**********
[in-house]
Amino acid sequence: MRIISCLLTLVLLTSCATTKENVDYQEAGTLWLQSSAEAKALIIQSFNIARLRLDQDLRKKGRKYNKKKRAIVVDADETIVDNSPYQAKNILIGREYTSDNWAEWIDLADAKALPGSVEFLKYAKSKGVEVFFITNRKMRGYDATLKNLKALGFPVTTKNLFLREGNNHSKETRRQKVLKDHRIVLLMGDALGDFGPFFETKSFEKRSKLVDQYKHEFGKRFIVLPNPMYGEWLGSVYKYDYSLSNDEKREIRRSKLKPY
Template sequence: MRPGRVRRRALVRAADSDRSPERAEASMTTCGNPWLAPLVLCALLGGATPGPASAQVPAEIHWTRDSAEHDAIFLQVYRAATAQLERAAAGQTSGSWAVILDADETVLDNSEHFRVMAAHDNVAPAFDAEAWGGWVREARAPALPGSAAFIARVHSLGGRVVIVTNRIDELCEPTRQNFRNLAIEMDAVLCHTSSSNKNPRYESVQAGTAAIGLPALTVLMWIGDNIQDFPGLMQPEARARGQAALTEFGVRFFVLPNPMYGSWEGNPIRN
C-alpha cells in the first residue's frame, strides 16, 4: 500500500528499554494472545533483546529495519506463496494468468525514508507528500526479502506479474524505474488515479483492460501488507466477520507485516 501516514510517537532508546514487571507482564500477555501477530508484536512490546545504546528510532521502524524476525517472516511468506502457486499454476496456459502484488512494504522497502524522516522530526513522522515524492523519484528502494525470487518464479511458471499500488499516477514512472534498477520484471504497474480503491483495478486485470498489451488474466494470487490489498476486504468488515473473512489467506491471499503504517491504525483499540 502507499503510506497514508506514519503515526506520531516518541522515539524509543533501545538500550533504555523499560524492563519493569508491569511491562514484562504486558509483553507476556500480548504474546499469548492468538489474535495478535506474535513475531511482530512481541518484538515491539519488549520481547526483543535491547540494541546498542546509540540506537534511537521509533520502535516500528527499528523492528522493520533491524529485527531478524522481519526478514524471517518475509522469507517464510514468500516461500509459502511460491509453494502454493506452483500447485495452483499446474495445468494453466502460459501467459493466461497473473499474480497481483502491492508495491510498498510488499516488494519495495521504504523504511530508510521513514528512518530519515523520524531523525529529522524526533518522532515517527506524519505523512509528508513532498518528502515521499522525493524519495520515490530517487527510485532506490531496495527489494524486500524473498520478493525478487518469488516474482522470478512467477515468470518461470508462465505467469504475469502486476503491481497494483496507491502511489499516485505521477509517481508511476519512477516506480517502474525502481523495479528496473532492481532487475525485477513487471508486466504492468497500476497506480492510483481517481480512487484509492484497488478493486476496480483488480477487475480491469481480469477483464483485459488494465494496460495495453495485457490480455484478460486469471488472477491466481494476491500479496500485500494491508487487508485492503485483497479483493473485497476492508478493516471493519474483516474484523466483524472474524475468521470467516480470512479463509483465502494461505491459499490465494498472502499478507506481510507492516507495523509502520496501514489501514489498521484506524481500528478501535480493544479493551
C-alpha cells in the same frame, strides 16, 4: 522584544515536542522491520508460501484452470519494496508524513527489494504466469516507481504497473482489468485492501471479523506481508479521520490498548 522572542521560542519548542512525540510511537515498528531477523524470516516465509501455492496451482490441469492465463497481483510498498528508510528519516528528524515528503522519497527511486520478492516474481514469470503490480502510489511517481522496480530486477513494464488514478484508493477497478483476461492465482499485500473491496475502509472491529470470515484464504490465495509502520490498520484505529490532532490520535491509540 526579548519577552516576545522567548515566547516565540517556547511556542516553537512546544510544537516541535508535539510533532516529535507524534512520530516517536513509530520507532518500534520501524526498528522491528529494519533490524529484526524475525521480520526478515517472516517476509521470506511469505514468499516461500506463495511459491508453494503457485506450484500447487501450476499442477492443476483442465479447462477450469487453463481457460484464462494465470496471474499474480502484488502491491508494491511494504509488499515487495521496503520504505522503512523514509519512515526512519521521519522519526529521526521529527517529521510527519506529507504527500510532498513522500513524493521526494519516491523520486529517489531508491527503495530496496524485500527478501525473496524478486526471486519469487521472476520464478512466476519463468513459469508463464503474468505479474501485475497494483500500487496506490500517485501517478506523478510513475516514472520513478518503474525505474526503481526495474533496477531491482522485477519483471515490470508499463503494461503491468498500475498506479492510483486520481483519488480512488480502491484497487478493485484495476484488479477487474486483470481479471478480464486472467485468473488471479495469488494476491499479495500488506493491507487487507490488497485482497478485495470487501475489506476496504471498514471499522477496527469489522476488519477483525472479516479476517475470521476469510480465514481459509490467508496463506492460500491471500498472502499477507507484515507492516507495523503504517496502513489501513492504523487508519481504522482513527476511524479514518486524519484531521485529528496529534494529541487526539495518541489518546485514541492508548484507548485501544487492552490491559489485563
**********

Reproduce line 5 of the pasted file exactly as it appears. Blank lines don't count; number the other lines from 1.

C-alpha cells in the same frame, strides 16, 4: 522584544515536542522491520508460501484452470519494496508524513527489494504466469516507481504497473482489468485492501471479523506481508479521520490498548 522572542521560542519548542512525540510511537515498528531477523524470516516465509501455492496451482490441469492465463497481483510498498528508510528519516528528524515528503522519497527511486520478492516474481514469470503490480502510489511517481522496480530486477513494464488514478484508493477497478483476461492465482499485500473491496475502509472491529470470515484464504490465495509502520490498520484505529490532532490520535491509540 526579548519577552516576545522567548515566547516565540517556547511556542516553537512546544510544537516541535508535539510533532516529535507524534512520530516517536513509530520507532518500534520501524526498528522491528529494519533490524529484526524475525521480520526478515517472516517476509521470506511469505514468499516461500506463495511459491508453494503457485506450484500447487501450476499442477492443476483442465479447462477450469487453463481457460484464462494465470496471474499474480502484488502491491508494491511494504509488499515487495521496503520504505522503512523514509519512515526512519521521519522519526529521526521529527517529521510527519506529507504527500510532498513522500513524493521526494519516491523520486529517489531508491527503495530496496524485500527478501525473496524478486526471486519469487521472476520464478512466476519463468513459469508463464503474468505479474501485475497494483500500487496506490500517485501517478506523478510513475516514472520513478518503474525505474526503481526495474533496477531491482522485477519483471515490470508499463503494461503491468498500475498506479492510483486520481483519488480512488480502491484497487478493485484495476484488479477487474486483470481479471478480464486472467485468473488471479495469488494476491499479495500488506493491507487487507490488497485482497478485495470487501475489506476496504471498514471499522477496527469489522476488519477483525472479516479476517475470521476469510480465514481459509490467508496463506492460500491471500498472502499477507507484515507492516507495523503504517496502513489501513492504523487508519481504522482513527476511524479514518486524519484531521485529528496529534494529541487526539495518541489518546485514541492508548484507548485501544487492552490491559489485563